The Raspberry Pi line of tiny, inexpensive computers can run a wide range of software. But one of the easiest ways to get started is with Raspbian, an operating system that’s based on Debian Linux and which is optimized for Raspberry Pi hardware.
When the Raspberry Pi Foundation launched the Raspberry Pi 3 in February though, the latest Raspbian image didn’t support all of the new computer’s hardware: there was limited support for Bluetooth.
Now there’s a new version of Raspbian, and it includes better support for Bluetooth, among other improvements.
Raspbian now includes a Bluetooth icon in the taskbar. You can click it to open a device that allows you to add a device like a mouse, keyboard, or speakers and view devices that are already paired.
Once a device is paired, it should automatically reconnect whenever you reboot the Raspberry Pi. But only devices that support Human Interface Device or Audio Sink services are currently supported, so if you’ve got something other than a mouse, keyboard, speaker, or headset, it may not work.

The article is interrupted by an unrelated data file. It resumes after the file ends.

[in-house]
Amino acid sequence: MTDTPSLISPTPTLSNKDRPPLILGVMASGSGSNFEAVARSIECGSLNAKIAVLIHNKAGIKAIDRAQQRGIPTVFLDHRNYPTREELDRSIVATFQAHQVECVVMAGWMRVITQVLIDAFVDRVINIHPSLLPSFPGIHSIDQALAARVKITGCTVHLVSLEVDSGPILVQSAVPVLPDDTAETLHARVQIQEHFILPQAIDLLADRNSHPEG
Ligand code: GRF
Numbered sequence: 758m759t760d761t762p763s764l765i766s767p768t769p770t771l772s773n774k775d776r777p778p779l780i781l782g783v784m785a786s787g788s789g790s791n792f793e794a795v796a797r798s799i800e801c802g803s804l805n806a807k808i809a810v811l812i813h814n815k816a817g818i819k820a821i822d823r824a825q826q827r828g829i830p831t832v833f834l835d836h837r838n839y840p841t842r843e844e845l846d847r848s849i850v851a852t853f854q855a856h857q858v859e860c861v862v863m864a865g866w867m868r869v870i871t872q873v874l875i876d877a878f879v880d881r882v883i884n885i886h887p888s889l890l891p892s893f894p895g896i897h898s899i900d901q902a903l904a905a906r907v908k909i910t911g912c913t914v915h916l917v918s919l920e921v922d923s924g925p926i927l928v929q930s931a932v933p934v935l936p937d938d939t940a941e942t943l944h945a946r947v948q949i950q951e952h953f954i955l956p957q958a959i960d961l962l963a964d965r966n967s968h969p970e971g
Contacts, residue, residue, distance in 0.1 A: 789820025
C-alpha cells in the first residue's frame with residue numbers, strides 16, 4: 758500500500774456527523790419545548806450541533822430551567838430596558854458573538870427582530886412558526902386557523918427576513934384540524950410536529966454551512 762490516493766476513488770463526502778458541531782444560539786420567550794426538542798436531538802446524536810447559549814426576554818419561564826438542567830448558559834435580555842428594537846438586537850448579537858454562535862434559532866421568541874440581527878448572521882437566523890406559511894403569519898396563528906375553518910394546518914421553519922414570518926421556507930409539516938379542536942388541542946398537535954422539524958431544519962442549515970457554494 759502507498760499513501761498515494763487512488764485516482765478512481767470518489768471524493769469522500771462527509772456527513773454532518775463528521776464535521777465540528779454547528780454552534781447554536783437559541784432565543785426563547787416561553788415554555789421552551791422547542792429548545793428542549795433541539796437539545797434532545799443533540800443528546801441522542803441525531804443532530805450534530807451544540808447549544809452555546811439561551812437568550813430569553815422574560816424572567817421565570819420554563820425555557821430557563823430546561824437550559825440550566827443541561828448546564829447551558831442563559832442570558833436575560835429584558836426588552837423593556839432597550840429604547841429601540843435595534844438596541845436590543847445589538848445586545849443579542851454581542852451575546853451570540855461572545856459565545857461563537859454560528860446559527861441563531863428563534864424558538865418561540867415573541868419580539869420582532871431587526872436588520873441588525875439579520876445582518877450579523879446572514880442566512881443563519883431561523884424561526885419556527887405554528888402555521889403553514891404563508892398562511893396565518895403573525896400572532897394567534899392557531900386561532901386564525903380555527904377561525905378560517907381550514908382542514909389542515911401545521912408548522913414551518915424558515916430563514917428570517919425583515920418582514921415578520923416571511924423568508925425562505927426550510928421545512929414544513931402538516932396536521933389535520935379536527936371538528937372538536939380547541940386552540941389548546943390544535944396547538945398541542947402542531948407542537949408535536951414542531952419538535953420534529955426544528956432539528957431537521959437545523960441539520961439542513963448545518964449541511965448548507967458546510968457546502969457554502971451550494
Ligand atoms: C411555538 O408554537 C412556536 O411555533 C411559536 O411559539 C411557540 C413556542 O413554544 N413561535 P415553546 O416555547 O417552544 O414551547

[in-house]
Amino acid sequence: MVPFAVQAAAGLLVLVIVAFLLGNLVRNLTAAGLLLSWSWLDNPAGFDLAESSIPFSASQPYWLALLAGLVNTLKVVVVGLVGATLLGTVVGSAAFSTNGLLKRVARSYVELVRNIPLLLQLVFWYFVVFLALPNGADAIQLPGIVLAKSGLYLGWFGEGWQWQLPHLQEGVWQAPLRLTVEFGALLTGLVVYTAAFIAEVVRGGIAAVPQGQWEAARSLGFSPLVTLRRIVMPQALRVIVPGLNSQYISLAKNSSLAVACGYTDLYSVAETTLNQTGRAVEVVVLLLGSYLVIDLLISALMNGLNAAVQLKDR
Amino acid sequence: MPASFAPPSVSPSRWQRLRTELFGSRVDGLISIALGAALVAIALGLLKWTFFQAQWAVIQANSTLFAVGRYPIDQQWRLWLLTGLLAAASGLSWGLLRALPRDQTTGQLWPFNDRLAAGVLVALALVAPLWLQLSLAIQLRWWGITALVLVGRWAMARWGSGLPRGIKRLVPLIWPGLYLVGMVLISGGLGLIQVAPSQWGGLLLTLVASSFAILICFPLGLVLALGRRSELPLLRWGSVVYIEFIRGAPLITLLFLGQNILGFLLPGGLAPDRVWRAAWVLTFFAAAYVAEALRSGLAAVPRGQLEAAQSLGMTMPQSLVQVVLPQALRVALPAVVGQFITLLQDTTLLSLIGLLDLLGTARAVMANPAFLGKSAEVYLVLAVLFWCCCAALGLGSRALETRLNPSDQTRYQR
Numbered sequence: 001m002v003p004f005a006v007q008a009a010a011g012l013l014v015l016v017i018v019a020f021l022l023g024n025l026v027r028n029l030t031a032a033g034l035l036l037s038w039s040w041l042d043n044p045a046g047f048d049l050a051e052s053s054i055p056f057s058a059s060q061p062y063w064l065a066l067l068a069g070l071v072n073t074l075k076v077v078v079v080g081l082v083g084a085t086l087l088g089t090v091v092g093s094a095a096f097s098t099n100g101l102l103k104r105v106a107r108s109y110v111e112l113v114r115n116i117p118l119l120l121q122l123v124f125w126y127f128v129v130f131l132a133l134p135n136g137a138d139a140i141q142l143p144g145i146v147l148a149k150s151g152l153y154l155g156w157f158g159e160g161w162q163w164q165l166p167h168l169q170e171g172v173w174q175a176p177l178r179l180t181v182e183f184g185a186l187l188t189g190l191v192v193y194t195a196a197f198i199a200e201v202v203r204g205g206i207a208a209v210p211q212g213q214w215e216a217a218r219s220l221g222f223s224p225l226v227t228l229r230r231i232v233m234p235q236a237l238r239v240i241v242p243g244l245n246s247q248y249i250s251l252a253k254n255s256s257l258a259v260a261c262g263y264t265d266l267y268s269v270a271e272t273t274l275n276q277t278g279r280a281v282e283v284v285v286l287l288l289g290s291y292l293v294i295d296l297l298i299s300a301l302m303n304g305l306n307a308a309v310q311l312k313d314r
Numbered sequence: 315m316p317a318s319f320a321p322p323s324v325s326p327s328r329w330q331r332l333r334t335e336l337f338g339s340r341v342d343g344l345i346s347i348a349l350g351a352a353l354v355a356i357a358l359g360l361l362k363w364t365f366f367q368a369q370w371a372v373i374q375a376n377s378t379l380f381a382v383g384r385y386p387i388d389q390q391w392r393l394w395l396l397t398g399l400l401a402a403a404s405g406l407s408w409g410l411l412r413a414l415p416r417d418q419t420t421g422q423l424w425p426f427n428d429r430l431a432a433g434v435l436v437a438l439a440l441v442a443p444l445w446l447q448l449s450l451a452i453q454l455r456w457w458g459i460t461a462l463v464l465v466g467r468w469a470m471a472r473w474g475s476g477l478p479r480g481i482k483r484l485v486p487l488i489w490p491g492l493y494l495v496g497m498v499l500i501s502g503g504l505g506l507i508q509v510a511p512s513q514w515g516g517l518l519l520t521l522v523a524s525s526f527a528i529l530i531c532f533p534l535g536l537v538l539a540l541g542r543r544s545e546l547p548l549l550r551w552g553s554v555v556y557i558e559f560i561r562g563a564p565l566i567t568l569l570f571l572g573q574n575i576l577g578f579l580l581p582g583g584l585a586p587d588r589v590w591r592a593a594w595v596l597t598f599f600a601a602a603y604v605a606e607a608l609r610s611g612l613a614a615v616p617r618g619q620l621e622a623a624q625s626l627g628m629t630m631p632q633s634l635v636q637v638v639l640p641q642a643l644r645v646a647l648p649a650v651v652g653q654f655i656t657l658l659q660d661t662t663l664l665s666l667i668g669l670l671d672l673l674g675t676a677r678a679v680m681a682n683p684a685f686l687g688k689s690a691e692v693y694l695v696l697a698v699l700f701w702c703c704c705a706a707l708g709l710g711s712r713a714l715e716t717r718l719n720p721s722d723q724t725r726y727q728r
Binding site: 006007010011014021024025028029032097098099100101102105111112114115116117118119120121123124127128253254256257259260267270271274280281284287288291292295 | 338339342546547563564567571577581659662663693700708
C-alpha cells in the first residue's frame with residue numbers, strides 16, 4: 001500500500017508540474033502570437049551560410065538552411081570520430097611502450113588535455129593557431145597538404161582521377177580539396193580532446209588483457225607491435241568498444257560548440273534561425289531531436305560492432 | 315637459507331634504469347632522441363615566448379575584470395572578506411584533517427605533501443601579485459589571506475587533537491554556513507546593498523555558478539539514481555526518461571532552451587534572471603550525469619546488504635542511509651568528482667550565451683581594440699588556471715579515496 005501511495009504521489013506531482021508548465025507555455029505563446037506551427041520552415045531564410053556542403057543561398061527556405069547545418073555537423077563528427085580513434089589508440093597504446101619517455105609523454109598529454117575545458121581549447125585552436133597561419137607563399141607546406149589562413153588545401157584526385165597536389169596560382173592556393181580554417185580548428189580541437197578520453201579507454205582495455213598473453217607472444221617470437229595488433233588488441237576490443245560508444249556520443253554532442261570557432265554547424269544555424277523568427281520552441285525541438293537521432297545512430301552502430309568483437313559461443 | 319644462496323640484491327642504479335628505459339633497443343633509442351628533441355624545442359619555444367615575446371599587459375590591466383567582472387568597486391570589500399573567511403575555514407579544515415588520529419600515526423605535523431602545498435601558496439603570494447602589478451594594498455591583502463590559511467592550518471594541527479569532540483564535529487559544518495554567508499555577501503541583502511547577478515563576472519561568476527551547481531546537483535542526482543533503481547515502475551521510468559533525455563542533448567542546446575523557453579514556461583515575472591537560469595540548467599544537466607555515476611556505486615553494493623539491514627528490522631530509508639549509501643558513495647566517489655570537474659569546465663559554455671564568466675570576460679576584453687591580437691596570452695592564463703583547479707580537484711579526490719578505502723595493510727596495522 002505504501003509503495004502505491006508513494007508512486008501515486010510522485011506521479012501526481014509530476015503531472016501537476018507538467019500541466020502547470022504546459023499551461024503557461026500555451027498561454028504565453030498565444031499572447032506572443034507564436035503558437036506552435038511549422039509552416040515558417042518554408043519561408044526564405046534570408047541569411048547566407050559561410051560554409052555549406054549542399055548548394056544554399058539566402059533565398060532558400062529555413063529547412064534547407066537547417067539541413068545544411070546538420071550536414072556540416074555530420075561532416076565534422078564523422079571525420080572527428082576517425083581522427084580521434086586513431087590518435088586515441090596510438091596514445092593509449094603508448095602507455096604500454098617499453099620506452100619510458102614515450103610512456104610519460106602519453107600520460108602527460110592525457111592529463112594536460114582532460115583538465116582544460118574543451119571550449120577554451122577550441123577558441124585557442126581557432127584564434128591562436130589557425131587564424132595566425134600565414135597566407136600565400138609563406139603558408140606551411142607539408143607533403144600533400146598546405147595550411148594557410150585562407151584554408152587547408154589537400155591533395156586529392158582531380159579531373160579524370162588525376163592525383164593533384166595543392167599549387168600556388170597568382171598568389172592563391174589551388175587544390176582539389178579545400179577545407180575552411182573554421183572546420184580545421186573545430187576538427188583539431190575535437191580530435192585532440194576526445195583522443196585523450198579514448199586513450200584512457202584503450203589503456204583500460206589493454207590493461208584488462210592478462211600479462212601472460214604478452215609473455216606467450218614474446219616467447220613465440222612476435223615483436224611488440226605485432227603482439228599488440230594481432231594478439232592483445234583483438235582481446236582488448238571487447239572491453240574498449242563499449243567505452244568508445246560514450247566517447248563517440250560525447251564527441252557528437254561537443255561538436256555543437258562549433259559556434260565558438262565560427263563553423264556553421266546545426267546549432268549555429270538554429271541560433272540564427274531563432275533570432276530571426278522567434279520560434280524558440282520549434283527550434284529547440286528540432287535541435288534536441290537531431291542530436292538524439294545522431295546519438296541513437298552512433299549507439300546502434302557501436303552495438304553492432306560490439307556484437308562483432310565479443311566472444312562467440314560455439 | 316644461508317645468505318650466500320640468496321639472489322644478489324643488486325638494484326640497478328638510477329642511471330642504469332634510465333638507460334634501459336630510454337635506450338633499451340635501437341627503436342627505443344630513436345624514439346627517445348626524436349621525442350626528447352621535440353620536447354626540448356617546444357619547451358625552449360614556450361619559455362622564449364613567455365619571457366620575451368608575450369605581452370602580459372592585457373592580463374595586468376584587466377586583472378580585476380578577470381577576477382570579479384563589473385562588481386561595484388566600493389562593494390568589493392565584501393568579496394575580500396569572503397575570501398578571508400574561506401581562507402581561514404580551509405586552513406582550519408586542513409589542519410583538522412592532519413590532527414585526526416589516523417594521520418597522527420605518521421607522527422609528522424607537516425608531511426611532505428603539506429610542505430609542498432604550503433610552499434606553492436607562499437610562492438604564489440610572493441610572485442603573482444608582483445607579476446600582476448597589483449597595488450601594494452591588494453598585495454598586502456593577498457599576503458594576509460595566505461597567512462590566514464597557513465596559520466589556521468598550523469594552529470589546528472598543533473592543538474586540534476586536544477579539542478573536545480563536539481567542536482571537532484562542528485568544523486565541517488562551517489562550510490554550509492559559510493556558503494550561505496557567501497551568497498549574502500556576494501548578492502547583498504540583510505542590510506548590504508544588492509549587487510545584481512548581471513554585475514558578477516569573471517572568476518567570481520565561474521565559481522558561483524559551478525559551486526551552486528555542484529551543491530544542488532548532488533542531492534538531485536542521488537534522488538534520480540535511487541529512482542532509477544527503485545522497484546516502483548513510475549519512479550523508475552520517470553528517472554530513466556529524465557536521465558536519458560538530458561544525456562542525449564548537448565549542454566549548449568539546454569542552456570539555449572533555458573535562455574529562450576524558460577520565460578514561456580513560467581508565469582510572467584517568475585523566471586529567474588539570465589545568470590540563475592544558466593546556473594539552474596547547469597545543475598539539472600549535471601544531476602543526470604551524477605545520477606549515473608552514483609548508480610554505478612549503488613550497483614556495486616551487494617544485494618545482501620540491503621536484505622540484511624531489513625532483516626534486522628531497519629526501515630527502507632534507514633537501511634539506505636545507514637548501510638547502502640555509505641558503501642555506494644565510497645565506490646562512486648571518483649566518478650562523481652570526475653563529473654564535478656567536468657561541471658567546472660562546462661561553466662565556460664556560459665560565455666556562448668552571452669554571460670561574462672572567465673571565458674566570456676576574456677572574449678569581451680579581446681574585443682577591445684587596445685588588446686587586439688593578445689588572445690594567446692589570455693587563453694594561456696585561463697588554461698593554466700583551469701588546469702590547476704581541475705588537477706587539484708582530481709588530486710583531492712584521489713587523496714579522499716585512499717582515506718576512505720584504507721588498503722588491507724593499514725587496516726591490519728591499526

Another new feature in the latest version of Raspbian include an SD card copier. Since the whole operating system runs from an SD card, this allows you to connect a USB card reader and copy your entire installation to a second card so you can backup your system or migrate to a larger or faster card.
Other updates include the move to Linux kernel 4.4, some app updates, and inclusion of the Geany text editor. There’s also a new shutdown options menu, support for opening a terminal window by hitting Ctrl+Alt+T, and more.
The simplest way to install Raspbian is to download the NOOBS installer and follow the setup instructions (which basically consist of formatting an SD card, unzipping NOOBS, and copying all the files to the SD card and then following on-screen instructions).
If you’re already using an earlier version of Raspbian, you can update by running a few terminal commands, as described in the announcement post.